Naturally. People put their prosperity into perspective by the circles in which they move. In Bremen, people who live in Oberneuland, Borgfeld or Schwachhausen are assumed to be richer than people from other parts of the city. That may be true in parts, but the subjective perception can be completely different, especially if the neighbour's house or car is significantly larger.
Do rich people like to talk about their wealth?
My perception is as follows: the richer a person is, the more inconspicuous and modest he is. I once knew someone who wore a watch with a Mickey Mouse motif. It looked very simple and many probably thought: What a strange guy that he walks around with such a children's watch. In reality, however, it was a valuable designer piece. Of course, there are also people who come along with a Rolex and want to be seen with it.
Is it frowned upon in our society to have money?
In Germany it is a problem to be rich. Just recently, a study was published that says: Millionaires don't have a good reputation. Those who inherit their wealth are often not accepted. The big exception are entrepreneurs because they have built something themselves. In England and the USA, envy is not so strong. On the contrary: Here you get patted on the shoulder and congratulated on your success. No wonder, then, when the rich in Germany behave very discreetly or leave the country.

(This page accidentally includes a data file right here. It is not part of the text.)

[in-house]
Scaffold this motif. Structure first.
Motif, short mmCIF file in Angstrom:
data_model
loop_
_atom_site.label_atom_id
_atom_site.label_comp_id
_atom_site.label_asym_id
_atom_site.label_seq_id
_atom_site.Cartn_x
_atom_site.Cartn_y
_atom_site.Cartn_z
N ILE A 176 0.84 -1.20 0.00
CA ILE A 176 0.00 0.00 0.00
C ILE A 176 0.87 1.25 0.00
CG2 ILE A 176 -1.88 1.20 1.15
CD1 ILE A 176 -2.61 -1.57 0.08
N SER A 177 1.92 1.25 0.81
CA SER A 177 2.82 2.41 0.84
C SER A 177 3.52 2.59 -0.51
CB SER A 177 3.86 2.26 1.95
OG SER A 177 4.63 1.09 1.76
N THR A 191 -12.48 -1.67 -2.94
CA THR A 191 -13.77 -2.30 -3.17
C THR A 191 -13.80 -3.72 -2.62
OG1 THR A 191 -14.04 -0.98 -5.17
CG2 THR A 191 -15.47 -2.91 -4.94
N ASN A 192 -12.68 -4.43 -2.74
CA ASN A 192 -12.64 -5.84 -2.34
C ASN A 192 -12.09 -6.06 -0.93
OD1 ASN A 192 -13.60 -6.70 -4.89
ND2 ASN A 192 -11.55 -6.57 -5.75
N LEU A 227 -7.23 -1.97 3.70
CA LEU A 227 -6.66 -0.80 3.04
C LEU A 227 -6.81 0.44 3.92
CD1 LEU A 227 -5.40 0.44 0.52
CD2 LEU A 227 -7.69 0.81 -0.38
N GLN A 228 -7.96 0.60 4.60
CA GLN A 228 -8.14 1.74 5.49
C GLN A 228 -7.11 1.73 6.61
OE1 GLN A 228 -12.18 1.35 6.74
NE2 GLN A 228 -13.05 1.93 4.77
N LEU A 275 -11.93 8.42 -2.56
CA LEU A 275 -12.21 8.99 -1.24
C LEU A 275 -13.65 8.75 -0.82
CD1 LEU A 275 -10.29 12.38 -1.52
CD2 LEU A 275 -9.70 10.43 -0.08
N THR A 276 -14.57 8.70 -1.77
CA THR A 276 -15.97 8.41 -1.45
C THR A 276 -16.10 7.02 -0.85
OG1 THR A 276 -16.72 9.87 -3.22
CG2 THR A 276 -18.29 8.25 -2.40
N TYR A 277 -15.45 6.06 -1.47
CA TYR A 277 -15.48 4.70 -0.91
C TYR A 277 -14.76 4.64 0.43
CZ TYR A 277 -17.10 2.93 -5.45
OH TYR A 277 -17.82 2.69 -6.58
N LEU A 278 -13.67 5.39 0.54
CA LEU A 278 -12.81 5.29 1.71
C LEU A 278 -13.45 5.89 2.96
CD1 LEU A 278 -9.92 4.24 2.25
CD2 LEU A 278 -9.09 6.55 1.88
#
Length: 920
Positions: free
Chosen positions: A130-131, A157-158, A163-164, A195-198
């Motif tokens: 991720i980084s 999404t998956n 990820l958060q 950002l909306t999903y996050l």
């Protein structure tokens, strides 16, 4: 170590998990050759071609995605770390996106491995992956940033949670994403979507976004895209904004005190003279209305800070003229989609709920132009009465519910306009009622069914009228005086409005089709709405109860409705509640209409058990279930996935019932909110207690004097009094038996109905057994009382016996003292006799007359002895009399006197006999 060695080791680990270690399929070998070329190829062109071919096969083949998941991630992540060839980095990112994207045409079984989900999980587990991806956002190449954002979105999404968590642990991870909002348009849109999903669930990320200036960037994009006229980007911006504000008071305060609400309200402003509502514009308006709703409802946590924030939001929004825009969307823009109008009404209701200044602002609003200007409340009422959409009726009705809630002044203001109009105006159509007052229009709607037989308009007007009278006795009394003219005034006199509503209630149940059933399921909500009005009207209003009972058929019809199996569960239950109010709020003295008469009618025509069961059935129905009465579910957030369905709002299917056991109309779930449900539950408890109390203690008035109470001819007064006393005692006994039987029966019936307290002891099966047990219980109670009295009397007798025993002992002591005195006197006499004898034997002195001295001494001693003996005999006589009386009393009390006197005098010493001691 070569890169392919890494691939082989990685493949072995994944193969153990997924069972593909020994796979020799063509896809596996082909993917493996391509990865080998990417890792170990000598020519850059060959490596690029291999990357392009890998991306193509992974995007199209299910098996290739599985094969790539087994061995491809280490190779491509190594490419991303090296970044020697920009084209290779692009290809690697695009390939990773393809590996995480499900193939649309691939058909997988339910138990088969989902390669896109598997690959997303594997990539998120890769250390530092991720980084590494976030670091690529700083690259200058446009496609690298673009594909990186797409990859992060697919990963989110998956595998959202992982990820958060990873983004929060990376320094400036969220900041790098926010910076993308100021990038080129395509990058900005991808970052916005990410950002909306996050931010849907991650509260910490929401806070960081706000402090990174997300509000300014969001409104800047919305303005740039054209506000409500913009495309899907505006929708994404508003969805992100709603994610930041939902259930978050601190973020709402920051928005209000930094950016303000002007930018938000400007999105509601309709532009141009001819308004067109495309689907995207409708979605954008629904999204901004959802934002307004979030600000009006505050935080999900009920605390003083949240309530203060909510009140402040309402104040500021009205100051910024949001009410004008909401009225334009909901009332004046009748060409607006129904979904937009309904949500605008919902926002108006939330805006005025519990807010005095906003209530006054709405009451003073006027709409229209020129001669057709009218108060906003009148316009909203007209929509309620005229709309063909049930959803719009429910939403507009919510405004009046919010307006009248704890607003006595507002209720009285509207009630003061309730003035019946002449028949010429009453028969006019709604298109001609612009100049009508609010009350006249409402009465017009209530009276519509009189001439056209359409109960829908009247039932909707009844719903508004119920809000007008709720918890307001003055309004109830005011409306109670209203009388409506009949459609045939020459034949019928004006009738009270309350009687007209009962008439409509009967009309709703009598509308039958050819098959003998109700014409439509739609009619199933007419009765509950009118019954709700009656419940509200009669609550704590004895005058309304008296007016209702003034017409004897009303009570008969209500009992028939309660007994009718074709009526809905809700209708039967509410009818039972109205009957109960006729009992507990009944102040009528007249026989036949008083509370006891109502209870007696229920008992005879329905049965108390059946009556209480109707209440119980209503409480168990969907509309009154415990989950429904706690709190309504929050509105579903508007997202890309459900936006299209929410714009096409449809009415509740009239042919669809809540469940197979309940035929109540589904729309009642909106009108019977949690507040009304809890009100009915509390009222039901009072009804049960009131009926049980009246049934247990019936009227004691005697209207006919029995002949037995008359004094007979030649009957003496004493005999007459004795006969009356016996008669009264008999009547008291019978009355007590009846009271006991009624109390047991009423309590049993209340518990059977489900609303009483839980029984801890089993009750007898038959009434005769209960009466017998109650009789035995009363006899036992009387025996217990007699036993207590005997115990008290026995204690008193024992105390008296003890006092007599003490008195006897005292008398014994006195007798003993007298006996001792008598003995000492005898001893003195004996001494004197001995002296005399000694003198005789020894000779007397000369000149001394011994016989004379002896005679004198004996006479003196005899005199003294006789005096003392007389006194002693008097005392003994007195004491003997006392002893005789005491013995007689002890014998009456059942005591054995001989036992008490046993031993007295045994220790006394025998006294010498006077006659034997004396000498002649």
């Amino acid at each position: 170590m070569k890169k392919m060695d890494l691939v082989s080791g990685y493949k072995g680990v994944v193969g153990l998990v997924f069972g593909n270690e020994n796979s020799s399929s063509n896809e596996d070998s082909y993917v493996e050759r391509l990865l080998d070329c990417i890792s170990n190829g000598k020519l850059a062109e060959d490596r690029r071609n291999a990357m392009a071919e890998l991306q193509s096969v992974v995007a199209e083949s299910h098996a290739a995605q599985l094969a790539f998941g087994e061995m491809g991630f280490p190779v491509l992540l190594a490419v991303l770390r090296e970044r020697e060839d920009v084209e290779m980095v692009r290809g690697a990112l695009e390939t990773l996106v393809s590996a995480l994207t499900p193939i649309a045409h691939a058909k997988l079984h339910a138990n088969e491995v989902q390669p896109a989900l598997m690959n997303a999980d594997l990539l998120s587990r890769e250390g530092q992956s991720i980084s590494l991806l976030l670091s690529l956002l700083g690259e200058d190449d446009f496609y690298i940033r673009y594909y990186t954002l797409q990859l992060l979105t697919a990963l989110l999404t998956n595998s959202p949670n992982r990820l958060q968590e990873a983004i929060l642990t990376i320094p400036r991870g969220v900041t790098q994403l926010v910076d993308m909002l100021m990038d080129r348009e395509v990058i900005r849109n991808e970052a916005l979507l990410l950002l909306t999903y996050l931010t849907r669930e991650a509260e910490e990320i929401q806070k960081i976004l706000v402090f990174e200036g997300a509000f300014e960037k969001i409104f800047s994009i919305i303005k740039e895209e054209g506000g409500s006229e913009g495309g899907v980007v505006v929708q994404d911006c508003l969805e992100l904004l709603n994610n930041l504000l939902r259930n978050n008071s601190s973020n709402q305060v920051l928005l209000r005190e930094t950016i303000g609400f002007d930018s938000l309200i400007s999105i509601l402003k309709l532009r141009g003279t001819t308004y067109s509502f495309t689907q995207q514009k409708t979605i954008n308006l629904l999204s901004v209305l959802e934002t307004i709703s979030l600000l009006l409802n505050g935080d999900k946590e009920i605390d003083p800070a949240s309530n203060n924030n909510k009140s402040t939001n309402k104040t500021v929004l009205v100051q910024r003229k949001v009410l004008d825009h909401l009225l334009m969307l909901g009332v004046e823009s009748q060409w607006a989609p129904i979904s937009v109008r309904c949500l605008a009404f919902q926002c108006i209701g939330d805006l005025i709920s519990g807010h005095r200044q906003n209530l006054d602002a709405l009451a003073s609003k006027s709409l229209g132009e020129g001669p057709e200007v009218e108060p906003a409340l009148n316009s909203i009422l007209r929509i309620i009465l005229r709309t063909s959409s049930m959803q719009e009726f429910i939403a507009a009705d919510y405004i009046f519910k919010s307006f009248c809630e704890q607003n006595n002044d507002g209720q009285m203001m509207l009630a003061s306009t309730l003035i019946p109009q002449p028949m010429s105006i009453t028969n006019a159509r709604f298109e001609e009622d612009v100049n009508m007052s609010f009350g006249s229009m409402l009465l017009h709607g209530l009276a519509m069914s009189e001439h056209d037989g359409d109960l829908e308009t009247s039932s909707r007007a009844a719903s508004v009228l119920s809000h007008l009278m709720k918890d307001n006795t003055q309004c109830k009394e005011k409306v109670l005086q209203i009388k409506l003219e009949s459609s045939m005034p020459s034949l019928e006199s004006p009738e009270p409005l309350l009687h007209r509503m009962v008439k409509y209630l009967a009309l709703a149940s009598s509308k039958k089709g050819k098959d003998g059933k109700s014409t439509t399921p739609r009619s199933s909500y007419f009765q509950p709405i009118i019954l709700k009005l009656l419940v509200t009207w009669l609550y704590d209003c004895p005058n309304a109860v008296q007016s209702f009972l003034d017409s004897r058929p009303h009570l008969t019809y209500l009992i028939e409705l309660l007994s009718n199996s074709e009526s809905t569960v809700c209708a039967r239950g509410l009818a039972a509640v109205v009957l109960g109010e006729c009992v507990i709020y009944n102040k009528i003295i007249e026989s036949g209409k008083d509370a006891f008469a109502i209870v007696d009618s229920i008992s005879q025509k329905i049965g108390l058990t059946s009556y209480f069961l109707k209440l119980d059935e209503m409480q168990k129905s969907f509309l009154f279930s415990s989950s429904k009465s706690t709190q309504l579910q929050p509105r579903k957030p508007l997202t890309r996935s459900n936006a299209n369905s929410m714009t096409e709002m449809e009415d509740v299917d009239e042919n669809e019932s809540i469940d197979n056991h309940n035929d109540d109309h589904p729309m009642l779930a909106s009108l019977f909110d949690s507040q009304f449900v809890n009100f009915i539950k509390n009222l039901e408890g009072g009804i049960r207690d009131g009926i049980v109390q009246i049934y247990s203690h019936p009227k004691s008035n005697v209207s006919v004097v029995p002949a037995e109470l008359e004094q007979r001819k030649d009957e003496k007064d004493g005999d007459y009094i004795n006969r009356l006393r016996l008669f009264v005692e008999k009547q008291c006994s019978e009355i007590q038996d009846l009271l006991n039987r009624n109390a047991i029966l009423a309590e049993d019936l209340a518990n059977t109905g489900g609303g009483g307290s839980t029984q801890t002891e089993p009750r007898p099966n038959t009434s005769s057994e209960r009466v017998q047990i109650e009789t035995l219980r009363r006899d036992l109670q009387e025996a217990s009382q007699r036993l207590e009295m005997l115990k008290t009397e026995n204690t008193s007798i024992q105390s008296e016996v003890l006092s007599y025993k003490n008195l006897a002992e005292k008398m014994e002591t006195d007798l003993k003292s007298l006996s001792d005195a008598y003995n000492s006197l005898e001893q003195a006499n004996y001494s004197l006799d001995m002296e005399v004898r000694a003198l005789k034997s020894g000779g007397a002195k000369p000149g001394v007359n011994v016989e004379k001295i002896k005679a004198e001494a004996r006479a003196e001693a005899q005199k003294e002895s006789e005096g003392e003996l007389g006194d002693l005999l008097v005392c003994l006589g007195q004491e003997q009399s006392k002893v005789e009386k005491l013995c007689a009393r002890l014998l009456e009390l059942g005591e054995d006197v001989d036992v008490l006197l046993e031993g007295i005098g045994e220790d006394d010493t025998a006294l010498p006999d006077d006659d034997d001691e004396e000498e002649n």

So is wealth a bad thing?
It can have bad points, yes. For example, when it means that the main purpose of life is to want more and more money. It's like a running bike. At the same time, money can also become a burden when people are afraid of losing their property. I've already seen heirs who didn't want anything to do with the family's fortune and were glad that someone else took care of them. Others, on the other hand, have squandered all the money and broken because of it.
So money alone doesn't really make you happy?
It can, of course, help you fulfill your dreams. But I also got to know a lot of people who are absolutely unhappy with their money. Maybe it's hard to imagine, but when I'm rich, I often go to certain social classes. If I suddenly lose a lot, I feel pushed out. It's not just about the money's gone, it's about the fact that suddenly there is a supposed flaw, a shame.